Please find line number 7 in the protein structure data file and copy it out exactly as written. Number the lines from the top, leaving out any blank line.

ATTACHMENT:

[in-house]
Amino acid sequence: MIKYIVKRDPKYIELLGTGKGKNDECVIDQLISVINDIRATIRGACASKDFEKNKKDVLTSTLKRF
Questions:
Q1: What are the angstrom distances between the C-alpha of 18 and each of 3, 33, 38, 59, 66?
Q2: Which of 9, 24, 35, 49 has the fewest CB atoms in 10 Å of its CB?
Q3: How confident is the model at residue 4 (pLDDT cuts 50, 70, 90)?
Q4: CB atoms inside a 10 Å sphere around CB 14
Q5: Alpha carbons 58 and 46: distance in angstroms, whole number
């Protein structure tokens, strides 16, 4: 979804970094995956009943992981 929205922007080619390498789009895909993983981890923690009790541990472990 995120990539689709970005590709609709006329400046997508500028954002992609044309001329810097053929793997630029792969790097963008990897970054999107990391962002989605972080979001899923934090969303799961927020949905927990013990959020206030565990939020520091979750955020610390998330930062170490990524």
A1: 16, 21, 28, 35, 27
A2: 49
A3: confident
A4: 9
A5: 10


Q4: CB atoms inside a 10 Å sphere around CB 14